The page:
Finally, the Chief Executive role is one of the few for which there isn’t really a training course (a bit like parenting, although now there are a few more courses for that even more important role!) So they either come ‘ready made’ (i.e. they have been a Chief Executive somewhere else), or via an ‘apprenticeship’ (Deputy Chief Executive or equivalent), or as a ‘take a chance’ (they look as though they could make a reasonable fist of it). Increasingly the CEO may have an MBA but, that aside, the role of Chief Executive doesn’t require easily identifiable technical skills in the same way that one might expect for a Finance Director or HR Director, for example.
So, when you set out to recruit a Chief Executive, it is helpful (but also difficult) to approach the task with two opposite mindsets:
- A clear idea of what you do and don’t want, and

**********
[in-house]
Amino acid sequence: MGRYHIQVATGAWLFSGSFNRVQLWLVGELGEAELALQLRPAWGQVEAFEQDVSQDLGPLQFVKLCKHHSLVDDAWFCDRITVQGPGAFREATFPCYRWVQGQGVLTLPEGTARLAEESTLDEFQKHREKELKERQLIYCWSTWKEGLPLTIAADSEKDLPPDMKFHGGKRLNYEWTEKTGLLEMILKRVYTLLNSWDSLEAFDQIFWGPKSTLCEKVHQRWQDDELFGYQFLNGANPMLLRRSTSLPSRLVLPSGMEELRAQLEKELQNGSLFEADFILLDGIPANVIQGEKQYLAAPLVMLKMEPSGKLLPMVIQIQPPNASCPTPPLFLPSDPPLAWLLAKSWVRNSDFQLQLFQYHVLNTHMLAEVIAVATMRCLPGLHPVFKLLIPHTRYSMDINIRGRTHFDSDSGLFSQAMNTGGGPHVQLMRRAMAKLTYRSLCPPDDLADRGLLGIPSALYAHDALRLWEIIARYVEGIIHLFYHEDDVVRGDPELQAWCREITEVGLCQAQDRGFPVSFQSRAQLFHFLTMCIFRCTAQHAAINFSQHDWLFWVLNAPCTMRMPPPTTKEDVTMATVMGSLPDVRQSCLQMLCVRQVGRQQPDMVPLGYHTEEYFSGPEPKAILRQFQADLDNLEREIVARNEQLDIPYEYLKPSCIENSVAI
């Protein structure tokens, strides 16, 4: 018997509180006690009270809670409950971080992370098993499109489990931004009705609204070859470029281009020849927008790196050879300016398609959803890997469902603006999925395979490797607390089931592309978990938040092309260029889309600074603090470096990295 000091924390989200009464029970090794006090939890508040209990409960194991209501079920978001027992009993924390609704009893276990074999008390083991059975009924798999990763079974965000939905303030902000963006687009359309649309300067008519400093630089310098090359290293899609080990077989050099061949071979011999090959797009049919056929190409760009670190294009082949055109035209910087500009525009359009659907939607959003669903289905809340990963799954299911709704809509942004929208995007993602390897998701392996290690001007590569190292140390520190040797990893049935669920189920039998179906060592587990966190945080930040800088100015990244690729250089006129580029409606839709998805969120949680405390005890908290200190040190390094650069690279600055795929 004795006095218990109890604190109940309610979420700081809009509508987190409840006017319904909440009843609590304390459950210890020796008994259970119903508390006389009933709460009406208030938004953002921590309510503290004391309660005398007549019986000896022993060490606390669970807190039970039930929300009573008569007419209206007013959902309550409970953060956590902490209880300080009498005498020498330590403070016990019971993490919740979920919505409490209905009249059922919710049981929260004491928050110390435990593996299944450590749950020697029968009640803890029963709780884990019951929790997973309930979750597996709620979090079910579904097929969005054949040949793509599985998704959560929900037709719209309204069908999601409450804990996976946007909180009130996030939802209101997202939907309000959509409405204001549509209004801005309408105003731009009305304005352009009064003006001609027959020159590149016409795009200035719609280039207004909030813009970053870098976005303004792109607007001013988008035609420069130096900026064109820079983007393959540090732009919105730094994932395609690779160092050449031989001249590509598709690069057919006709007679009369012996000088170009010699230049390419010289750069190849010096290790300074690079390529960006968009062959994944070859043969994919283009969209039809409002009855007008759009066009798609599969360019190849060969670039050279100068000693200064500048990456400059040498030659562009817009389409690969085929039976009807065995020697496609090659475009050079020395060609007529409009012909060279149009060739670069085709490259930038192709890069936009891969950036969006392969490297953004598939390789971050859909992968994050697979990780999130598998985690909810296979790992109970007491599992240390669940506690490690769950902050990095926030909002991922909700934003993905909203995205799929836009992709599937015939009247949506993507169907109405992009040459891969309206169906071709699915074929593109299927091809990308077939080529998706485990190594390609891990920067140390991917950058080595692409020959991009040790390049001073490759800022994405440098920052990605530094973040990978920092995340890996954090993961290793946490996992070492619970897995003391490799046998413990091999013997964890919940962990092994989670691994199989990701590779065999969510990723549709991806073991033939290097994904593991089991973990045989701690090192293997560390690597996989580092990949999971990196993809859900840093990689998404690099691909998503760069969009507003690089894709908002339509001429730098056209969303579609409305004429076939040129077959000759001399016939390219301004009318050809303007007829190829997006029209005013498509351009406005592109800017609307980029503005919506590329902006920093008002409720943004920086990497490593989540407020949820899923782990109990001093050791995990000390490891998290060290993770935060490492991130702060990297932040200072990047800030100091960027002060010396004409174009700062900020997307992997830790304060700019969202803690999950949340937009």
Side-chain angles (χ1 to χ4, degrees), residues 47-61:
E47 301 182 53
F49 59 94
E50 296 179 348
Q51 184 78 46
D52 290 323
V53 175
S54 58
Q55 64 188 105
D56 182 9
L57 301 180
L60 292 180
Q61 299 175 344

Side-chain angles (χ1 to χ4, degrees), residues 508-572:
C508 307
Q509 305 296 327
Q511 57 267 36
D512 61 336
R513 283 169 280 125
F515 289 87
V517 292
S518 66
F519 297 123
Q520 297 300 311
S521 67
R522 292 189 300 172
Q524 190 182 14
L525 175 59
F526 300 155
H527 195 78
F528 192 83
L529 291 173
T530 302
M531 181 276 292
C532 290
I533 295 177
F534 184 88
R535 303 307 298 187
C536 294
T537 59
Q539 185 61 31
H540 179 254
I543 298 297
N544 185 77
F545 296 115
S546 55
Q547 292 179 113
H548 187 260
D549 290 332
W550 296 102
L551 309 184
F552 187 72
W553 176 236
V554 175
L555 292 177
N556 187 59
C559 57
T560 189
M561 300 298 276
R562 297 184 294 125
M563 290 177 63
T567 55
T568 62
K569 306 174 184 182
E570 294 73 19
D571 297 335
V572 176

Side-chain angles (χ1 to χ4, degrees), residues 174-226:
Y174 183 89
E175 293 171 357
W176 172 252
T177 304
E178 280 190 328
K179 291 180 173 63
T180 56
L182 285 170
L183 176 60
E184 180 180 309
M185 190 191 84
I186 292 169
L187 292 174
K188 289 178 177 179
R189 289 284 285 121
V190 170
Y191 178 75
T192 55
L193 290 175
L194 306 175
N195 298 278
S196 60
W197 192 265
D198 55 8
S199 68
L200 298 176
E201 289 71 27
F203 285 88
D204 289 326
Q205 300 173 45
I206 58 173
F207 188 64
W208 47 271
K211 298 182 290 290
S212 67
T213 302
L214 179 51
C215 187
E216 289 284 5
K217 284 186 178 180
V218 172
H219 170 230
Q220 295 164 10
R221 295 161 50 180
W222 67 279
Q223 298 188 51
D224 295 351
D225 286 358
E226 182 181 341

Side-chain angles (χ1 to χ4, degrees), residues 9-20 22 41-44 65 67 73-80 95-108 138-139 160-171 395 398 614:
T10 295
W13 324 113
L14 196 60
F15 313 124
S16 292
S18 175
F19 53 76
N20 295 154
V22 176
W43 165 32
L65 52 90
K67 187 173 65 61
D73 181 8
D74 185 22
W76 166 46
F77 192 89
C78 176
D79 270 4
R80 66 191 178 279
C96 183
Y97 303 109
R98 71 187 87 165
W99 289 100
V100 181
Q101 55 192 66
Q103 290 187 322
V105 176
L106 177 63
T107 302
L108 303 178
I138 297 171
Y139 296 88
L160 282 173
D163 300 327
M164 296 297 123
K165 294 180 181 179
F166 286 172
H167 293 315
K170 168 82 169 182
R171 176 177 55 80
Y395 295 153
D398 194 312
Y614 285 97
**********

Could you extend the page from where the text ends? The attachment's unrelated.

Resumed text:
- An open mind – open to all sorts of possibilities that you may not have thought of.
A clear idea of what you do and don’t want
Very often, when we read a client’s draft job description for the first time, we can tell how well they got on with the previous Chief Executive. Reading between the lines (or occasionally explicitly on the lines!) you realise that the job description has been worded to make it clear that “we don’t want another one like the last one!” Less commonly, but really equally unhelpfully, it might be worded to imply “we’d like the same again, please.”